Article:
[ 118.4935668 , 86.14012835, 158.40440712],
[ 155.04043289, 104.3499231 , 195.26228855]])
```

- Tensors

```
>>> M = np.zeros(shape=(2, 3, 5, 7, 11))
>>> T = np.transpose(M, (4, 2, 1, 3, 0))
>>> T.shape
(11, 5, 3, 7, 2)
```

- Incorporation with OpenCV

```
>>> import numpy as np
>>> import cv2
>>> r = np.reshape(np.arange(256*256)%256,(256,256)) # 256x256 pixel array with a horizontal gradient from 0 to 255 for the red color channel
>>> g = np.zeros_like(r) # array of same size and type as r but filled with 0s for the green color channel
>>> b = r.T # transposed r will give a vertical gradient for the blue color channel
>>> cv2.imwrite('gradients.png', np.dstack([b,g,r])) # OpenCV images are interpreted as BGR, the depth-stacked array will be written to an 8bit RGB PNG-file called 'gradients.png'
True
```

- Nearest Neighbor Search - Iterative Python algorithm and vectorized NumPy version

```
>>> # # # Pure iterative Python # # #
>>> points = [[9,2,8],[4,7,2],[3,4,4],[5,6,9],[5,0,7],[8,2,7],[0,3,2],[7,3,0],[6,1,1],[2,9,6]]
>>> qPoint = [4,5,3]
>>> minIdx = -1
>>> minDist = -1
>>> for idx, point in enumerate(points): # iterate over all points
... dist = sum([(dp-dq)**2 for dp,dq in zip(point,qPoint)])**0.5 # compute the euclidean distance for each point to q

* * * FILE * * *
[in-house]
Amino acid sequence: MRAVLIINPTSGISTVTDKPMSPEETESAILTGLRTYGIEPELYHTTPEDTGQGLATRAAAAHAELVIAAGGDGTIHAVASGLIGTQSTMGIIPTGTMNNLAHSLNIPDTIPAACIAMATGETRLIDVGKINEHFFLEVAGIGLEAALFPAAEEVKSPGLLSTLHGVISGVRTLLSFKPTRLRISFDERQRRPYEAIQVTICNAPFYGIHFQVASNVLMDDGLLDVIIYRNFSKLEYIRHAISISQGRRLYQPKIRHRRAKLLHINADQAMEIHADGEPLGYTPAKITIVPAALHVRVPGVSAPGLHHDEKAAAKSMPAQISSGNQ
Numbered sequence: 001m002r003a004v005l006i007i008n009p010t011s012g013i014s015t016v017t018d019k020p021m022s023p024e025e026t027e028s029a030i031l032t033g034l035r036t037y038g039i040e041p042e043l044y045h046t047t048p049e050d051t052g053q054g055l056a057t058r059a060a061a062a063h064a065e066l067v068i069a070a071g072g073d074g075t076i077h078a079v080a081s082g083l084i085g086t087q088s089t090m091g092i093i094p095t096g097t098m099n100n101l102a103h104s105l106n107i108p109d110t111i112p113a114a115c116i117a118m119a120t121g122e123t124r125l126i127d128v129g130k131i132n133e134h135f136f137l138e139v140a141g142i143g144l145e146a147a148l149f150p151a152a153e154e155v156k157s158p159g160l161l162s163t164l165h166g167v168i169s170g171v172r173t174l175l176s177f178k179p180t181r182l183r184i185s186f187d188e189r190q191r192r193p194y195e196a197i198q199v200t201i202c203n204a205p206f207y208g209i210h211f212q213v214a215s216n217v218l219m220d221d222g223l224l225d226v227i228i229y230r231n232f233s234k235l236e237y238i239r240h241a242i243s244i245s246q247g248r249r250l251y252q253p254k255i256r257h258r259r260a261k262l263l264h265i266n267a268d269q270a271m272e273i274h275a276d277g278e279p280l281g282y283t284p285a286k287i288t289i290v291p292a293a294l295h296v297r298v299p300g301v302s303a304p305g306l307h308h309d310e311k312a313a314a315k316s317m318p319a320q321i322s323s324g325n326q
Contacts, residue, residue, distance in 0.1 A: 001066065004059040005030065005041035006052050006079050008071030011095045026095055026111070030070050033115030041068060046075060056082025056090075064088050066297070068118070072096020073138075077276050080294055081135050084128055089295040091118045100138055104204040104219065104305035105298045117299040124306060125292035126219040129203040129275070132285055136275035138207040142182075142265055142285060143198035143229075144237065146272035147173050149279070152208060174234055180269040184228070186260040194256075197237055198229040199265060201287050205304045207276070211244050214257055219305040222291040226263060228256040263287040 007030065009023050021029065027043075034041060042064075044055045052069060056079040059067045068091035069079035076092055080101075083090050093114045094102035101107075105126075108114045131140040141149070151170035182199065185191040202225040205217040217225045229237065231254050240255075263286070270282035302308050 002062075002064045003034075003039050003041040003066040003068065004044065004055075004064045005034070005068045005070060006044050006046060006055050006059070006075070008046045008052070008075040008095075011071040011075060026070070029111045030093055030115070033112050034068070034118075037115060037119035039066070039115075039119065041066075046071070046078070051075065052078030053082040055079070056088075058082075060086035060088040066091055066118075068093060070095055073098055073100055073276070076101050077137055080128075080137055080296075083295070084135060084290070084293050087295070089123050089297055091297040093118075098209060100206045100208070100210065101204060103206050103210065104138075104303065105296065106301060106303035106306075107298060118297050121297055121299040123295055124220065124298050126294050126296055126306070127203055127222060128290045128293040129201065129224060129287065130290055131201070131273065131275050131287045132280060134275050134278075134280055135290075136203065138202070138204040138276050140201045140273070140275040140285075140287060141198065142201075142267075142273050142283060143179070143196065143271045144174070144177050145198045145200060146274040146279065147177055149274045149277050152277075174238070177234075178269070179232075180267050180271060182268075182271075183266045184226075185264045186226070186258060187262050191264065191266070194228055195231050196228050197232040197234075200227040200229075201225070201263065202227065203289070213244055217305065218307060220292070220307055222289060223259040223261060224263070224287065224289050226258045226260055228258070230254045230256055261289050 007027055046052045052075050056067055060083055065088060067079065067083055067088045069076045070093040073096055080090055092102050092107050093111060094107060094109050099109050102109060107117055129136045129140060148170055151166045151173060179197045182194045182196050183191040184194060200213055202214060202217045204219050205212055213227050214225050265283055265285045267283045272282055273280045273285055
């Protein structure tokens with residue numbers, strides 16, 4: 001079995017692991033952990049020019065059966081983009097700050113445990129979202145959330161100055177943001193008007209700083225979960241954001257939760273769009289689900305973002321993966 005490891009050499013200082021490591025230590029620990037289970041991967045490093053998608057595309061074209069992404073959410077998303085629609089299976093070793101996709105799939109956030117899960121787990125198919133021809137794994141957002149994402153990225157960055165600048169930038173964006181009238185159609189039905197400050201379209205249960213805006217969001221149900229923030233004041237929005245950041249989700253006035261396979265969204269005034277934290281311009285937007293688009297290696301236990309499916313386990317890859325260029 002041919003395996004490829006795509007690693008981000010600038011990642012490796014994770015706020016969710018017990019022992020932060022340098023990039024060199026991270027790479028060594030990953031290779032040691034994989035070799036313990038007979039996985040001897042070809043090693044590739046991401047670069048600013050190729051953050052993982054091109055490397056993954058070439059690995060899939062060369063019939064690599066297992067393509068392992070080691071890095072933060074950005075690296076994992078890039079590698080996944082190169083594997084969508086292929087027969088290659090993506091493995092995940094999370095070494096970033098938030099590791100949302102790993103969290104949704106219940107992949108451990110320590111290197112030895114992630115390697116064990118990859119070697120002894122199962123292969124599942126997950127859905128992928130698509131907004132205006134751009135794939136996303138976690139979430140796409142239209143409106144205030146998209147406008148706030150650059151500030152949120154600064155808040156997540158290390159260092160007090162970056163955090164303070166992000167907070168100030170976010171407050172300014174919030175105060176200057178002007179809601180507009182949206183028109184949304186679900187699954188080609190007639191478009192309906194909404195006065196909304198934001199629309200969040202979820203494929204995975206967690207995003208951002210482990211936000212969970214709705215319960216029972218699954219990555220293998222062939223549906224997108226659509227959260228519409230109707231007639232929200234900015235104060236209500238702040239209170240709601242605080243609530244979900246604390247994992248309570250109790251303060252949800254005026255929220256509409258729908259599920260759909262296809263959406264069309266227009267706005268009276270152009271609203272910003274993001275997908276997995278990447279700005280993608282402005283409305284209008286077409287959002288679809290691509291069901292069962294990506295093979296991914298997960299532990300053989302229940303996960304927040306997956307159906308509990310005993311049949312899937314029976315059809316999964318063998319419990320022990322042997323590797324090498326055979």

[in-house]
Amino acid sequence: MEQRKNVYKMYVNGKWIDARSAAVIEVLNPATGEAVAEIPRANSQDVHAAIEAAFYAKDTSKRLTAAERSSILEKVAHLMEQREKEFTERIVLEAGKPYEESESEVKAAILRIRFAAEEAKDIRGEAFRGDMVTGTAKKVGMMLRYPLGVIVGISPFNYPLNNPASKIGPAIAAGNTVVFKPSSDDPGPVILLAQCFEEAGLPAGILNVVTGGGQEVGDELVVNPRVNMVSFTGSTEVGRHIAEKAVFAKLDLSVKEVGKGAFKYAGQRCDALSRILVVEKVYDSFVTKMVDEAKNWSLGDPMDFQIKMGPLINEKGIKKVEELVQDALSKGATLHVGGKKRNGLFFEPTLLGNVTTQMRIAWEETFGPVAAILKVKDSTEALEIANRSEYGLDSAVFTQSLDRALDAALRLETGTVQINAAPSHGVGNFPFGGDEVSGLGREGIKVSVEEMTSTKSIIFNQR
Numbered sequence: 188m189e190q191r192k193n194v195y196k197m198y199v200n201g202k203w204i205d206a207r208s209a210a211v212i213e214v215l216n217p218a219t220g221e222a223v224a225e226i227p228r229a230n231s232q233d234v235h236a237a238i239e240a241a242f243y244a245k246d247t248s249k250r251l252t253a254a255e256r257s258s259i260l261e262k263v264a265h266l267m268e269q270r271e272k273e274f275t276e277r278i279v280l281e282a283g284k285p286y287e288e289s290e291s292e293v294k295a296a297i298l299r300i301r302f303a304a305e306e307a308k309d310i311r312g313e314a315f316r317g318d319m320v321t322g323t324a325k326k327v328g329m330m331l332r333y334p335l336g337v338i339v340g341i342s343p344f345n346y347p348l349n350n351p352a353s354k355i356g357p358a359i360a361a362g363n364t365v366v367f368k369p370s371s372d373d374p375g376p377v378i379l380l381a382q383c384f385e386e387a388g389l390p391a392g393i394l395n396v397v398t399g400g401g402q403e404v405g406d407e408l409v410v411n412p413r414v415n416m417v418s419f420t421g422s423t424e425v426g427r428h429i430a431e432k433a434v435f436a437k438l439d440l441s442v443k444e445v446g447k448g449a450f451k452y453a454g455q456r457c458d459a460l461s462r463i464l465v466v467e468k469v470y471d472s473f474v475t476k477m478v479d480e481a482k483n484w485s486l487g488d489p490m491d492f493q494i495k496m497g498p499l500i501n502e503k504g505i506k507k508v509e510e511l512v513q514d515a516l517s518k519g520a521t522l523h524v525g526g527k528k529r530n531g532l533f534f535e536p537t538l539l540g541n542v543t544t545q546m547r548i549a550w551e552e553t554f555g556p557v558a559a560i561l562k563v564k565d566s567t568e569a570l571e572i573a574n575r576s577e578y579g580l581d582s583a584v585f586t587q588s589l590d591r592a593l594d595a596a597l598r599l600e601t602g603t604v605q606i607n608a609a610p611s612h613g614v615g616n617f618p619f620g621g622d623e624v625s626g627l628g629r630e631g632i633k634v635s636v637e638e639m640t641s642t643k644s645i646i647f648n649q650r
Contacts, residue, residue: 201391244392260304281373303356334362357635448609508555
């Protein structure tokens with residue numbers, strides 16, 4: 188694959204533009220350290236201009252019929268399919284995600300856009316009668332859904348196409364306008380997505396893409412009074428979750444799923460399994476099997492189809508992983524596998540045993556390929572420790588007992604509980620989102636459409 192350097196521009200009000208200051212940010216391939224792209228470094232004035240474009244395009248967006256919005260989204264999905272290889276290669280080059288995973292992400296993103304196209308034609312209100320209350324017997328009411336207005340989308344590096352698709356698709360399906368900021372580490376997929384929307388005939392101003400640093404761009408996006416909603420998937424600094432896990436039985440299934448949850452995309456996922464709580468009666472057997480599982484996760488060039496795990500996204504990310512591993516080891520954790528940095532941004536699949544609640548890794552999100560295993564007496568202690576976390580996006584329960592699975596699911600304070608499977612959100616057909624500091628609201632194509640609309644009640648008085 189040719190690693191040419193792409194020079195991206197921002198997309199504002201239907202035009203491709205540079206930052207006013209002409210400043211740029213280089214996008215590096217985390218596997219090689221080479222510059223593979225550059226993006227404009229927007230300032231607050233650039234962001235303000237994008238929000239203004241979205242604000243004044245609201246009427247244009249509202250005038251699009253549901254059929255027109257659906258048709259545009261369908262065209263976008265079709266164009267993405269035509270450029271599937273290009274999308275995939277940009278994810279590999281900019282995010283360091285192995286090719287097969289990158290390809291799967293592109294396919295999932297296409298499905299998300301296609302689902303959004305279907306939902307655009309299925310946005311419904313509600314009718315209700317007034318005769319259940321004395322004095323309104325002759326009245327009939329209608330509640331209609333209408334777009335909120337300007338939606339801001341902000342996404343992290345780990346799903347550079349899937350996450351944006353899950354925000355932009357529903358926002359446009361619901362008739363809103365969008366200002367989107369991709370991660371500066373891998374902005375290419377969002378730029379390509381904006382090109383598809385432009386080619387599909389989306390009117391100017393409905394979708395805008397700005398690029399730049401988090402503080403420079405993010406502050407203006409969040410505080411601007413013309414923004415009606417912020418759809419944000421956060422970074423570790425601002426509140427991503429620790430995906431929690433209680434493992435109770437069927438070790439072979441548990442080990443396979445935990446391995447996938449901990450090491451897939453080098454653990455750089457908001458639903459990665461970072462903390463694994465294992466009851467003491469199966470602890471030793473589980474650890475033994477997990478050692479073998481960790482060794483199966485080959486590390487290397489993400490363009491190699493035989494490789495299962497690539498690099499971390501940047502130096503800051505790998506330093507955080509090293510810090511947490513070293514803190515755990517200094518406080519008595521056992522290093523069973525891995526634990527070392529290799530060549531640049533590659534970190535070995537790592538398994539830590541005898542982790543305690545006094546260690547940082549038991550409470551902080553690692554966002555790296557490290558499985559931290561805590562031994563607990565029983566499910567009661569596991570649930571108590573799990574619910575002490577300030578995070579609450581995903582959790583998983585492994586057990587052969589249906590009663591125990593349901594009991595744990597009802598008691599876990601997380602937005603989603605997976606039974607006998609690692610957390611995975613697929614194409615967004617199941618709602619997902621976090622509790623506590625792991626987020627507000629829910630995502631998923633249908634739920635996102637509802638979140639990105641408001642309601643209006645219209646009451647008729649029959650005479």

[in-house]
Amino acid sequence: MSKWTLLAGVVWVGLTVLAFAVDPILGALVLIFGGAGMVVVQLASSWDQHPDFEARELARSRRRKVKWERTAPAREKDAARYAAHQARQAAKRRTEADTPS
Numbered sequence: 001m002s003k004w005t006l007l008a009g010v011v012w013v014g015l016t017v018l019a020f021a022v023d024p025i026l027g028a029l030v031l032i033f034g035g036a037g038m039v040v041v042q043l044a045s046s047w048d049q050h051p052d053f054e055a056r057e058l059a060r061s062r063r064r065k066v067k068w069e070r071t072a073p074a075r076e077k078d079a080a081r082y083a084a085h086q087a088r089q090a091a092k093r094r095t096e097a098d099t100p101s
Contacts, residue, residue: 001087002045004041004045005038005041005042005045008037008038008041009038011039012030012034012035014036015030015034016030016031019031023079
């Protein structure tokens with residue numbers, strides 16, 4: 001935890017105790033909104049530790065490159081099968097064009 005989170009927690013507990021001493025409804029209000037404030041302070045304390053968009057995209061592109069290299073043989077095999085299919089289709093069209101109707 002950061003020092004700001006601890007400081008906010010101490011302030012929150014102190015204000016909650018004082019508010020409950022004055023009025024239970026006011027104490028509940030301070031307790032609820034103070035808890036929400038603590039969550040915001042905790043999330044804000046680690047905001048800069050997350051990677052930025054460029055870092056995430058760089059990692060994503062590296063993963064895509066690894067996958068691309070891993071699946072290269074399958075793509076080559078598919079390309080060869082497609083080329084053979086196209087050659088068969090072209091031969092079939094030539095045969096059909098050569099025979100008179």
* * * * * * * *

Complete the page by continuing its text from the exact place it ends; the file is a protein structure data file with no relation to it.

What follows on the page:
... if dist < minDist or minDist < 0: # if necessary, update minimum distance and index of the corresponding point
... minDist = dist
... minIdx = idx
>>> print('Nearest point to q: {0}'.format(points[minIdx]))
Nearest point to q: [3, 4, 4]
>>> # # # Equivalent NumPy vectorization # # #
>>> import numpy as np
>>> points = np.array([[9,2,8],[4,7,2],[3,4,4],[5,6,9],[5,0,7],[8,2,7],[0,3,2],[7,3,0],[6,1,1],[2,9,6]])
>>> qPoint = np.array([4,5,3])
>>> minIdx = np.argmin(np.linalg.norm(points-qPoint,axis=1)) # compute all euclidean distances at once and return the index of the smallest one
>>> print('Nearest point to q: {0}'.format(points[minIdx]))
Nearest point to q: [3 4 4]
```

## See also

## References

**^**"Releases – numpy/numpy". Retrieved 8 February 2021 – via GitHub.**^**"NumPy — NumPy".*numpy.org*. NumPy developers.**^**Pine, David (2014). "Python resources". Rutgers University. Retrieved 2017-04-07.**^**"How do you say numpy?". Reddit. 2015. Retrieved 2017-04-07.- ^